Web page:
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Making a will is both a profoundly personal and legally consequential undertaking. On the one hand, it's a way to reflect on your legacy, your wishes and priorities. On the other hand, it is essential protection for your loved ones against the bureaucratic hassles of intestacy.
Essentially, a personal will dictates your wishes for when you pass away. To whom would you like to leave your assets, money and real estate? If you have dependents, who would you like to see as their guardian? Would you like to donate a portion of your money to a cause or charity?
These are essential questions to ask while you are still alive. Yet, an estimated 55% of adults do not have a will. Without a will, you cannot decide how your estate is distributed after your passing. Instead, your estate's disposition follows standard government rules that may not reflect your wishes.
Too often, adults put off making a will because they assume the process is lengthy, complicated and costly. As you'll see below, that's not the case. Here are a few key steps to take when putting together your personal will.
Reflection and Preparation
To start, create an itemized list of both your assets (money, real estate and possessions) as well as your debts. Then, think about the people in your life who would benefit from the receipt of your assets.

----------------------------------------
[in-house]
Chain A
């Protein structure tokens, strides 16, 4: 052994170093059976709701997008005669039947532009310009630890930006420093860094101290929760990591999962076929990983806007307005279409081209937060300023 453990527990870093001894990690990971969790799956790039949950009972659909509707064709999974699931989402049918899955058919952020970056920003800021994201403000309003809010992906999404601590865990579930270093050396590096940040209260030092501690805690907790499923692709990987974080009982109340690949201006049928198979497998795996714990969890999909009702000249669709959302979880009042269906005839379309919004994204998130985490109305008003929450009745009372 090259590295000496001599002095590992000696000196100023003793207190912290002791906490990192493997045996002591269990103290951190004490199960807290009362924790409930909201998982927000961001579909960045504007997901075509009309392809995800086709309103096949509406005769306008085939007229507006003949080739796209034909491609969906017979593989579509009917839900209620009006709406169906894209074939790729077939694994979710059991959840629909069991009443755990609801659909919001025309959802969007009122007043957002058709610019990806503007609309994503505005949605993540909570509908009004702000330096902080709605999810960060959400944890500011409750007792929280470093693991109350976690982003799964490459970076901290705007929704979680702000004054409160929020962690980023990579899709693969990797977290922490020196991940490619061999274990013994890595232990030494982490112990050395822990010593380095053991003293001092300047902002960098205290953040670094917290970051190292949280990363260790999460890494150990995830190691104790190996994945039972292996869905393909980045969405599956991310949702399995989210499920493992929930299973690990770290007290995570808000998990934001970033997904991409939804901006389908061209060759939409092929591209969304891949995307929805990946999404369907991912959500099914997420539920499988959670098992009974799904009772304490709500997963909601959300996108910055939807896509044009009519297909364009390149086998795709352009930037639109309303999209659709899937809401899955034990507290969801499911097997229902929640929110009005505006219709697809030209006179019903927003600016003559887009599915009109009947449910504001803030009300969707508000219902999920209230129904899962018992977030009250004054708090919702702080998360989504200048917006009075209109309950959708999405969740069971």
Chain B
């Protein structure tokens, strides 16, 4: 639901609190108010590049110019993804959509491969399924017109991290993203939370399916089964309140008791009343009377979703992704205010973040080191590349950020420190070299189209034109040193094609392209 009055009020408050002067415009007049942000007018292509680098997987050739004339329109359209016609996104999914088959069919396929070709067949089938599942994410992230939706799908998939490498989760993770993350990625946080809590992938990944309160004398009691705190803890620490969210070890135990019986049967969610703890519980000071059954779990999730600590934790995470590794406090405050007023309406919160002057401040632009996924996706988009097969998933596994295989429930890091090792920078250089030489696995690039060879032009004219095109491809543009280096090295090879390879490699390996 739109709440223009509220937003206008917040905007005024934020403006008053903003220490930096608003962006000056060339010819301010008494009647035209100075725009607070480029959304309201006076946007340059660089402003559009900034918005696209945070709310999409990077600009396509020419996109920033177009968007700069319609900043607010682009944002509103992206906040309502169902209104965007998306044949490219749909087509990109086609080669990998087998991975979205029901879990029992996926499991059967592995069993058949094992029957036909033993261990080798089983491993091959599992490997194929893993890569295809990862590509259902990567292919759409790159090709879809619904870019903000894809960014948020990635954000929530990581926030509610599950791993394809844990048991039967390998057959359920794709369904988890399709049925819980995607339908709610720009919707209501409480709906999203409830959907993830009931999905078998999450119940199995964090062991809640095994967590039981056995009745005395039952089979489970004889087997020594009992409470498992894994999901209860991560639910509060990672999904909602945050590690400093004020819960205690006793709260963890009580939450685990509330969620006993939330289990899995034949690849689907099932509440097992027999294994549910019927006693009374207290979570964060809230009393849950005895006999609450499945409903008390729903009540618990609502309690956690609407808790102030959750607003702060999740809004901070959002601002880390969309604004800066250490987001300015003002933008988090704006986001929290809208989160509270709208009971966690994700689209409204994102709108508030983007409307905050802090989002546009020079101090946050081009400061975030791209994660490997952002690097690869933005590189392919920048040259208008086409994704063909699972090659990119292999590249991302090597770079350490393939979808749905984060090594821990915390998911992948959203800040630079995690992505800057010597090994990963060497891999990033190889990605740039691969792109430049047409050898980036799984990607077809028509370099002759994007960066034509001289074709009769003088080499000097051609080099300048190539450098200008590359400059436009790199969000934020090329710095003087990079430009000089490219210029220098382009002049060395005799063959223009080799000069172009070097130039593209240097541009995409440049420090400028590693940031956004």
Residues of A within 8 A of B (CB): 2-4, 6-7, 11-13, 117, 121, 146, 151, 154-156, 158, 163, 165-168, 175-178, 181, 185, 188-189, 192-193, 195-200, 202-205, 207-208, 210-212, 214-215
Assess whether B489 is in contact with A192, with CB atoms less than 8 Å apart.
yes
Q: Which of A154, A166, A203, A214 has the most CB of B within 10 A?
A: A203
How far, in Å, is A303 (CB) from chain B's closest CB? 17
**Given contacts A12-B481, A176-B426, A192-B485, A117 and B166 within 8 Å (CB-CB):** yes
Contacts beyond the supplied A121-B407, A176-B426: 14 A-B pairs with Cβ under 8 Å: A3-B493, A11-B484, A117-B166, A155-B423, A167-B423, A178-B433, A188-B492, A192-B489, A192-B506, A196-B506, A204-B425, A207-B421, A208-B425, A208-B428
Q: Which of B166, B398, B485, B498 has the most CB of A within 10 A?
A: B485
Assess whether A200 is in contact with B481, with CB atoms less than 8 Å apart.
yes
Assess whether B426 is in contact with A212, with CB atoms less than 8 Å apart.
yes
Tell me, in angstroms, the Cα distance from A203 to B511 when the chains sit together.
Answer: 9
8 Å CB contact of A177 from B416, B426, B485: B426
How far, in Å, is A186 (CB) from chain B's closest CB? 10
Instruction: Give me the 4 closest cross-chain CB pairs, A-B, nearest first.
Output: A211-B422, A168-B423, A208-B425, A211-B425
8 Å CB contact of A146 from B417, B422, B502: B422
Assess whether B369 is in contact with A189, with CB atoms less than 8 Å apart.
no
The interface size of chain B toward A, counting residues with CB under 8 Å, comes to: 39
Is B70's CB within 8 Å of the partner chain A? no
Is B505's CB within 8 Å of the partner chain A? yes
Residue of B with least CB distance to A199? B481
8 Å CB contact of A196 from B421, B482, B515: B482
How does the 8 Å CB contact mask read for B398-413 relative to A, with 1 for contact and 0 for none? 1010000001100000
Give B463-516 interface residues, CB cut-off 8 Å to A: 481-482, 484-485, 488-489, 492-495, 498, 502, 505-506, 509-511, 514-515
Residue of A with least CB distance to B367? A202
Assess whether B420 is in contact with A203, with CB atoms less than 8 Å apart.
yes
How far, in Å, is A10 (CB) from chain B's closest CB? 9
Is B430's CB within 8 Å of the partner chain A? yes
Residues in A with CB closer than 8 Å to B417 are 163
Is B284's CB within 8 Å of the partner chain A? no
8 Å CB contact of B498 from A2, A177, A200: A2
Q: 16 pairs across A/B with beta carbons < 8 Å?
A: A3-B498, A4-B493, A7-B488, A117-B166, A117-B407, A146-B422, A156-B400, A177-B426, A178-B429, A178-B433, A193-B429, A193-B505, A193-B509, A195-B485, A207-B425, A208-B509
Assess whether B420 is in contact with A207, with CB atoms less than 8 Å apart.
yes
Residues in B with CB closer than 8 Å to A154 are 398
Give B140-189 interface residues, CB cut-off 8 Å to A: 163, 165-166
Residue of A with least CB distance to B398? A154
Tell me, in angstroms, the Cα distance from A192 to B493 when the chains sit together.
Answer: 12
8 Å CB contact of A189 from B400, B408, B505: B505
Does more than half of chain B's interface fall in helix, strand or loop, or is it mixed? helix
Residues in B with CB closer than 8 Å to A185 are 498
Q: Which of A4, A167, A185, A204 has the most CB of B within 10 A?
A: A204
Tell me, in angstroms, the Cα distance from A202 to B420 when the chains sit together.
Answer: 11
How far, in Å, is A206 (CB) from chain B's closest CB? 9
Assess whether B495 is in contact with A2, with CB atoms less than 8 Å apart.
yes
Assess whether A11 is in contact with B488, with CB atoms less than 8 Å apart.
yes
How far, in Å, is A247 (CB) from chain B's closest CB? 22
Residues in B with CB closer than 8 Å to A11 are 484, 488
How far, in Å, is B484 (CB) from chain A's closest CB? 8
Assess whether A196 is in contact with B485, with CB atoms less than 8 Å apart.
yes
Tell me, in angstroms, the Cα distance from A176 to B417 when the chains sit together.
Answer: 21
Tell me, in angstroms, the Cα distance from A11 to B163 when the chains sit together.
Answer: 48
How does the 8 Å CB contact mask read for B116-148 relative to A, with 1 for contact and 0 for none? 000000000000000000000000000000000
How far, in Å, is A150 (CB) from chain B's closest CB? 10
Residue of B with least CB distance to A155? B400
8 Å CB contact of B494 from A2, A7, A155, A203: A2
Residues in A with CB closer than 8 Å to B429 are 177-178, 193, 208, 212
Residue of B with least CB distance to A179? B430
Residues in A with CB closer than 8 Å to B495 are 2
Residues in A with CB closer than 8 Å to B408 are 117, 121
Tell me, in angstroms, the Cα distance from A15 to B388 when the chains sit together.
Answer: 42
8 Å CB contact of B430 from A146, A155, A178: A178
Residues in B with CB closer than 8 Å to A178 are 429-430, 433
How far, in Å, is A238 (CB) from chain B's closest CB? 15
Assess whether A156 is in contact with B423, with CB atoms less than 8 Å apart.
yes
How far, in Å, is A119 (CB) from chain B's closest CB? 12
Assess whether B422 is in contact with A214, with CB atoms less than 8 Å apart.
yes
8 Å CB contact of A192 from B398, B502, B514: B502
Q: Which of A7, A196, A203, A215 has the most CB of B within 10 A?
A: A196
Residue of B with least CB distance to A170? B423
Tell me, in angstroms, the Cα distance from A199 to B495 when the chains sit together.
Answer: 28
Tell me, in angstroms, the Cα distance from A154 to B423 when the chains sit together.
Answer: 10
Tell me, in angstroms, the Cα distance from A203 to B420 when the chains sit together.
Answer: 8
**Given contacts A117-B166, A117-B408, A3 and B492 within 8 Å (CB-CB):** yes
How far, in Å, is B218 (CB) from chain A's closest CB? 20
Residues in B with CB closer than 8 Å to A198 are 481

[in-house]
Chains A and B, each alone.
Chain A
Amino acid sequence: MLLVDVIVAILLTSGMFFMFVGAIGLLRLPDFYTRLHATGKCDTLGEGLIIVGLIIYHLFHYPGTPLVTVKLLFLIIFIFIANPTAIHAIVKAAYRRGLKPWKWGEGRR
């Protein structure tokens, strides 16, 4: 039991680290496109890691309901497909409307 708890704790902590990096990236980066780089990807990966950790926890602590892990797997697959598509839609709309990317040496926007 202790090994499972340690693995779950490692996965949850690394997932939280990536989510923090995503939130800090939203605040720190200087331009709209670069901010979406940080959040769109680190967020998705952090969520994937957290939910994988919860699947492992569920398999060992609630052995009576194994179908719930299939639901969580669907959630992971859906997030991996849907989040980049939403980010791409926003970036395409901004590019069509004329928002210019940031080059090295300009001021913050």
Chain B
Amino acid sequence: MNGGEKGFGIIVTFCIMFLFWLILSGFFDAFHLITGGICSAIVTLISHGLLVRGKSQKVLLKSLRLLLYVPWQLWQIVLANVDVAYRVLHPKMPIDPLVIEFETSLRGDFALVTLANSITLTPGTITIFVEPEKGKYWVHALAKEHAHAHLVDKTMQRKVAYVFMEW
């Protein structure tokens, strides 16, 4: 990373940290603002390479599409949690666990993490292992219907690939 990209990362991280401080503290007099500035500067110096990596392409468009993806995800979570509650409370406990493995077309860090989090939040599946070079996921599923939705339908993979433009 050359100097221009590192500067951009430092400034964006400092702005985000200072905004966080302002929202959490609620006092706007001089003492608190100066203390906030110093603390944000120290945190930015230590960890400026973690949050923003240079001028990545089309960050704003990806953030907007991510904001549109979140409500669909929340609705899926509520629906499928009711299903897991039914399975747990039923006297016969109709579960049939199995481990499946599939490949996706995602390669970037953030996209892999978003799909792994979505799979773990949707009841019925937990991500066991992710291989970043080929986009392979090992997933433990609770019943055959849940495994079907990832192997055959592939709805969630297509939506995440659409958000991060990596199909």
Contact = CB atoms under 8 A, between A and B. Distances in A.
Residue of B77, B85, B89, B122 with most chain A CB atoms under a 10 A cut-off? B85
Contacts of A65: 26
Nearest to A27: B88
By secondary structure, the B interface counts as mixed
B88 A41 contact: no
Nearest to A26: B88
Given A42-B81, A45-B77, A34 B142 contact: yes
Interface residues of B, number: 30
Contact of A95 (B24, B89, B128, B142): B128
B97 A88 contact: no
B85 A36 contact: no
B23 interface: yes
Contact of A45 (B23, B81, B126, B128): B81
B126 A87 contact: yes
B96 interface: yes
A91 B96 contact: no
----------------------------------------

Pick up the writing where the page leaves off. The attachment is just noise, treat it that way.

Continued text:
A helpful guiding question throughout this process is: 'who depends on you most financially?" In other words, who would be impacted most by your passing? In all likelihood, that will be your spouse or children. But it may also include a relative whose tuition you pay or a charity to which you've routinely donated.
Consulting with a Lawyer
A will is not something you want to 'DIY.' It needs to meet strict legal criteria. It's best to work with a will lawyer throughout the process who can offer advice and draft an ironclad personal will. Thankfully, hiring a lawyer for your personal will doesn't need to be expensive, nor does it require you to leave the house. Nowadays, you can book an appointment with an online lawyer specializing in wills and have the process done remotely for a fixed price.
In your will, you will need to appoint various people to various roles - these are called your appointments.
One key appointment is the executor (or personal representative or estate trustee). Their job is to carry out the terms of your will and administer your assets. They need to be someone responsible, in whose abilities you trust, since they will be required to do everything from burial arrangement to tracking down beneficiaries and settling your debts. Another key appointment is a guardian, though this is mainly applicable to parents of minors.
Dying intestate - without a will - may have serious consequences for your loved ones. To maintain control over who your beneficiaries, guardians, and executors are, create a will. With some self-reflection, preparation and the help of a great online lawyer, the process is straightforward and affordable.